Gage SM, Reichert H. 2020. Determining the incidence of needle-related complications in hemodialysis access: We need a better system. J Vascular Access.
Hemodialysis access complications are common. We hypothesize that many of these complications can be traced back to needle-related injury from routine cannulation practices or inadvertent cannulation injuries. We set out to compare the rates of hemodialysis access complications under prior and current diagnosis coding systems, determine the incidence of needle-related complications for hemodialysis access, and describe the association of needle-related complications and resulting interventions.
Arteriovenous graft and arteriovenous fistula placements occurring in the first 6 months of 2014 and 2016 were identified in the United States Renal Data System Medicare claims data. Placements were followed until end of hemodialysis access life or end of the calendar year. Diagnoses and resulting interventions occurring during placement life were identified and mapped to needle-related complication terms.
Almost 30,000 placements for 27,000 patients were followed in each year, with 67% of all accesses placed being arteriovenous fistula and 33% arteriovenous graft. In both years, 75% of arteriovenous fistulae and arteriovenous grafts required one or more interventions. Stenosis and thrombosis were the most common complications diagnosed and treated (41% and 16%, respectively); however, potential needle-related complications accounted for 6% of this dataset.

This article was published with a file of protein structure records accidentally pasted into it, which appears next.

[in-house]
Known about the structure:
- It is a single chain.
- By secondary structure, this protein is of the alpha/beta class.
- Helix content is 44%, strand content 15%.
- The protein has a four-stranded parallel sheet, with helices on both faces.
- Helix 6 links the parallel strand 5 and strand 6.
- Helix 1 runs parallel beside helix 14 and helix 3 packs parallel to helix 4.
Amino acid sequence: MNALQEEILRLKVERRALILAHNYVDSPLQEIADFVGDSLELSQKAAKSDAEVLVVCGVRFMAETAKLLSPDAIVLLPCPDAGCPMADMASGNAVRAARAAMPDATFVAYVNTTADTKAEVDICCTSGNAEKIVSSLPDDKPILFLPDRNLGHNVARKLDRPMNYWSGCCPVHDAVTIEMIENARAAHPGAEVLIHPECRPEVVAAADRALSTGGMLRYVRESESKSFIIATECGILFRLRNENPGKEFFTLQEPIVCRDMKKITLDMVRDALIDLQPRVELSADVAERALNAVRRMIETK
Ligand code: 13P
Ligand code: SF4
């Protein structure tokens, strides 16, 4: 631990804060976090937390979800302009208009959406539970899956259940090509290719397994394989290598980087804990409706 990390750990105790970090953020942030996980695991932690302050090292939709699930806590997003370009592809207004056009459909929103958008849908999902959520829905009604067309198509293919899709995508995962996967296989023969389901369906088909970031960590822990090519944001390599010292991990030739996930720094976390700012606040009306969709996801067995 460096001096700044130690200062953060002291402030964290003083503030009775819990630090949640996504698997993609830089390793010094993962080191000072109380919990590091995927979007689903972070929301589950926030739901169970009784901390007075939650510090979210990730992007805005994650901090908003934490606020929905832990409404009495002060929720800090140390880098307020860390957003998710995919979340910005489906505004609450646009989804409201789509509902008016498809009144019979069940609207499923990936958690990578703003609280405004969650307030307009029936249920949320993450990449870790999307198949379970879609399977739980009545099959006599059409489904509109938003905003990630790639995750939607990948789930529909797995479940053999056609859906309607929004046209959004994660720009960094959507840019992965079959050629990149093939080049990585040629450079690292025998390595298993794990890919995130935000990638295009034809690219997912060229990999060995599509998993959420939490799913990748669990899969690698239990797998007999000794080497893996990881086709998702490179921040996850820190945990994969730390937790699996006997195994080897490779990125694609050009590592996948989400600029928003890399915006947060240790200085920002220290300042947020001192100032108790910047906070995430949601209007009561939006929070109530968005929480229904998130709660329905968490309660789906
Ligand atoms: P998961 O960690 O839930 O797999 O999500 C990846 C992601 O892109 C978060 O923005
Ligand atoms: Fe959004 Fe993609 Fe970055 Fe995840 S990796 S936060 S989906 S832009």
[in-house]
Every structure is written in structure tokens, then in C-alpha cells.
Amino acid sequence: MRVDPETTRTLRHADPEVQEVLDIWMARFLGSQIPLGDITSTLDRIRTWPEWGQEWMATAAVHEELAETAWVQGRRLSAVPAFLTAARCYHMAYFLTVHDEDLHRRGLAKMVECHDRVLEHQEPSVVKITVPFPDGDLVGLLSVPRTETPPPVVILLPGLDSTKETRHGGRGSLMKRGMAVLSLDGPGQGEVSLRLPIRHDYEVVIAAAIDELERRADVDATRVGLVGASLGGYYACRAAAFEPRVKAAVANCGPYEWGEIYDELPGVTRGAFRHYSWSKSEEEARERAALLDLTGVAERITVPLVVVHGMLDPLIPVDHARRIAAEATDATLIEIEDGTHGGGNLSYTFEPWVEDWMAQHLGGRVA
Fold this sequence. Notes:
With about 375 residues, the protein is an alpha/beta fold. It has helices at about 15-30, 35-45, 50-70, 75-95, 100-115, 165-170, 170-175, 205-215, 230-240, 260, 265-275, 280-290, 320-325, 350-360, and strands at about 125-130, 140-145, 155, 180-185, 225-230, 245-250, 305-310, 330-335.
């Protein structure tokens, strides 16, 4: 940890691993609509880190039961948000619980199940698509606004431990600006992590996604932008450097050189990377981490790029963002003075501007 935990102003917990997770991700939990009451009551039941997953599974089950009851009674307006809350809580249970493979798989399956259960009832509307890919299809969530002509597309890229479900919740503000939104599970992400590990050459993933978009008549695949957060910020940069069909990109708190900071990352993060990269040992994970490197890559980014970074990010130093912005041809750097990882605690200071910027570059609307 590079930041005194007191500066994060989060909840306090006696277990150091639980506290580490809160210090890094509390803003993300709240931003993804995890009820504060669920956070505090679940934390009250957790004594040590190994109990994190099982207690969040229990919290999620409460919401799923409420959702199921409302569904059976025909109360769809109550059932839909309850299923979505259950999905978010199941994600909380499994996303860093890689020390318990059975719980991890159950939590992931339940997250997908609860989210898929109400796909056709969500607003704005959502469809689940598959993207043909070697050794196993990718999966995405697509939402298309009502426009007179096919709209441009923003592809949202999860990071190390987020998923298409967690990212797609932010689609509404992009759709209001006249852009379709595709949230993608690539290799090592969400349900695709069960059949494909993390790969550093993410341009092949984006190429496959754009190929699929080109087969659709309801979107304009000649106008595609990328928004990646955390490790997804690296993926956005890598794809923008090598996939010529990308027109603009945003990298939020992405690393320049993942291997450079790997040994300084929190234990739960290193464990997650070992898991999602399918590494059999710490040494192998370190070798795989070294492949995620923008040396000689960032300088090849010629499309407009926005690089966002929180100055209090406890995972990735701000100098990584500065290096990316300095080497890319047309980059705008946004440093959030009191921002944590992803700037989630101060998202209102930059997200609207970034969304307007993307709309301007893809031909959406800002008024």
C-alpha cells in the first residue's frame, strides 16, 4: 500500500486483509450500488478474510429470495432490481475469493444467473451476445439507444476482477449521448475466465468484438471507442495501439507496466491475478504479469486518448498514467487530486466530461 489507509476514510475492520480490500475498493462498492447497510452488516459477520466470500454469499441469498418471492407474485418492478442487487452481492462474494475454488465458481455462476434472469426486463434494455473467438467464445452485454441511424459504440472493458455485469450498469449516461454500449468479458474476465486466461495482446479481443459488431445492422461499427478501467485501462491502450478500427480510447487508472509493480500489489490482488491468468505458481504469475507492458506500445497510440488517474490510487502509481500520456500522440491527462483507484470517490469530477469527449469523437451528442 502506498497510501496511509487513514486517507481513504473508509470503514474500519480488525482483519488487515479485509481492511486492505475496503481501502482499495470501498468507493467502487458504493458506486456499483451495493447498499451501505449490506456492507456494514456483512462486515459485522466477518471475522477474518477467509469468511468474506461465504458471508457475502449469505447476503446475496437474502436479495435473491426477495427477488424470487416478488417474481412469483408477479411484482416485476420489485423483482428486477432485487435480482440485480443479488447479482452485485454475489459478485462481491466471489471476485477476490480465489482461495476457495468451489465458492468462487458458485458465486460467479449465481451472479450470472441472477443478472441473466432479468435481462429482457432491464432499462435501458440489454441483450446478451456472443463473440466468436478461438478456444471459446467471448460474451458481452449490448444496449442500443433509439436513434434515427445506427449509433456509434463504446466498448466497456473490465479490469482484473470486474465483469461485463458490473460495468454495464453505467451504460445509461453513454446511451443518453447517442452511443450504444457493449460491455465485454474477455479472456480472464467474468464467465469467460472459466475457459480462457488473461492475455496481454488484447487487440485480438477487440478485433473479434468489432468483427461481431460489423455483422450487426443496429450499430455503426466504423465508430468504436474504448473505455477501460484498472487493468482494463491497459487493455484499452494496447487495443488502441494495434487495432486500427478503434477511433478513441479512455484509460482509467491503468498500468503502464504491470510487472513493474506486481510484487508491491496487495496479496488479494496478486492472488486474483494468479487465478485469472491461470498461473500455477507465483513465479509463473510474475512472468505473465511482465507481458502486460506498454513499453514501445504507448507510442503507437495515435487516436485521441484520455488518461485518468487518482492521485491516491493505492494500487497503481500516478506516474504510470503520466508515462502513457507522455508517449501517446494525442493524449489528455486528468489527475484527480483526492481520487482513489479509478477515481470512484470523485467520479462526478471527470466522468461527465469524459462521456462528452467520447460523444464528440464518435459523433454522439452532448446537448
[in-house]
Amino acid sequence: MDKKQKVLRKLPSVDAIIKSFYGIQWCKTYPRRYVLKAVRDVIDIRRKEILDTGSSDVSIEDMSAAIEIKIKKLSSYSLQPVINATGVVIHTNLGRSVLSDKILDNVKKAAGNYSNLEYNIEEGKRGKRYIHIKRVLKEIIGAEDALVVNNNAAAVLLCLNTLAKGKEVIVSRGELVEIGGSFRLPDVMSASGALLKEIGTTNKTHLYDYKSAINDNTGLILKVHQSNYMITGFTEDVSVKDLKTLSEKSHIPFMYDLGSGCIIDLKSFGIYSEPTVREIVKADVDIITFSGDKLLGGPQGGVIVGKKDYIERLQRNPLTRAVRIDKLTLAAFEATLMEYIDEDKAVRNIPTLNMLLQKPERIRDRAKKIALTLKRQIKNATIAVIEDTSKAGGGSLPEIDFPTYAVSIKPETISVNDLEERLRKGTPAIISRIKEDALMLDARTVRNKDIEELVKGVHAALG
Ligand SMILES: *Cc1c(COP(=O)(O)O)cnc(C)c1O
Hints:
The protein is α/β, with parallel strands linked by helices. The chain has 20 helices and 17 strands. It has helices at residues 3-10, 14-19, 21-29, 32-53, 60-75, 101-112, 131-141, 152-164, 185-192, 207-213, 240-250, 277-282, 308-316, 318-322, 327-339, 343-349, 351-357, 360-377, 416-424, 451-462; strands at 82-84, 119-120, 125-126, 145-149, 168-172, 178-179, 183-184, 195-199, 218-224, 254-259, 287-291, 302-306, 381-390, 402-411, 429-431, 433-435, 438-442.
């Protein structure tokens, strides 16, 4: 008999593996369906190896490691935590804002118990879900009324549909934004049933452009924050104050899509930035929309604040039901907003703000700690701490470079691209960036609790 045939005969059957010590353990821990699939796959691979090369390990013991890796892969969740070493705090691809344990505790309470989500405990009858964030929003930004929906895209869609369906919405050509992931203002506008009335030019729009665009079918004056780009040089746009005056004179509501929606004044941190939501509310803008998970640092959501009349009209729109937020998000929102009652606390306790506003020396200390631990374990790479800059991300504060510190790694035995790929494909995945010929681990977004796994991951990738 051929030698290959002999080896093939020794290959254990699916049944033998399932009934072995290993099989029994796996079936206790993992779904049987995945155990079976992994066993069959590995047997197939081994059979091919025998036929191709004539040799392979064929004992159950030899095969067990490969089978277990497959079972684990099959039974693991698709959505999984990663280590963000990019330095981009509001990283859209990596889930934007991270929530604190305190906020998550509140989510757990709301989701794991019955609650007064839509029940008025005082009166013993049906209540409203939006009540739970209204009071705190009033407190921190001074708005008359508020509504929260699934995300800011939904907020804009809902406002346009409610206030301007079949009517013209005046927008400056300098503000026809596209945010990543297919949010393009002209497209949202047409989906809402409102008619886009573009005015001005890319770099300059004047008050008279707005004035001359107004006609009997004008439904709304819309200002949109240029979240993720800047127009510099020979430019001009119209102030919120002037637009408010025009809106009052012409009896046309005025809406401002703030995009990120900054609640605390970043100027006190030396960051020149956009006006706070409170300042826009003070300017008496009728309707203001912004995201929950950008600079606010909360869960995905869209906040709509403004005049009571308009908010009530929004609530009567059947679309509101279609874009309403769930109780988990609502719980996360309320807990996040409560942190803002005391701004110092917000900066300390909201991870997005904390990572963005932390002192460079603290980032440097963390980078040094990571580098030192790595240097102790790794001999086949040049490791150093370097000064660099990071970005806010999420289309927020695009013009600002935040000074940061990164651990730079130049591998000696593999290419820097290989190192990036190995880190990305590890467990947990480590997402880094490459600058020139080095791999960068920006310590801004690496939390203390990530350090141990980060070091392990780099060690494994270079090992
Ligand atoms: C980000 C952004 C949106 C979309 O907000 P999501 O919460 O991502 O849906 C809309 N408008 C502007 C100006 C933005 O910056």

International Classification of Diseases, 9th Revision, was inadequate for determining the incidence of specific hemodialysis access complications or needle-related complications. International Classification of Diseases, 10th Revision, introduced several more hemodialysis access diagnoses but is still subject to coding confusion and catch-all coding for a variety of common and otherwise well-defined complications, suggesting that the true incidence of needle-related complications is buried in the non-specific diagnosis codes. These findings mark the clear need for an improved diagnosis coding system that consistently represents all common hemodialysis access complications.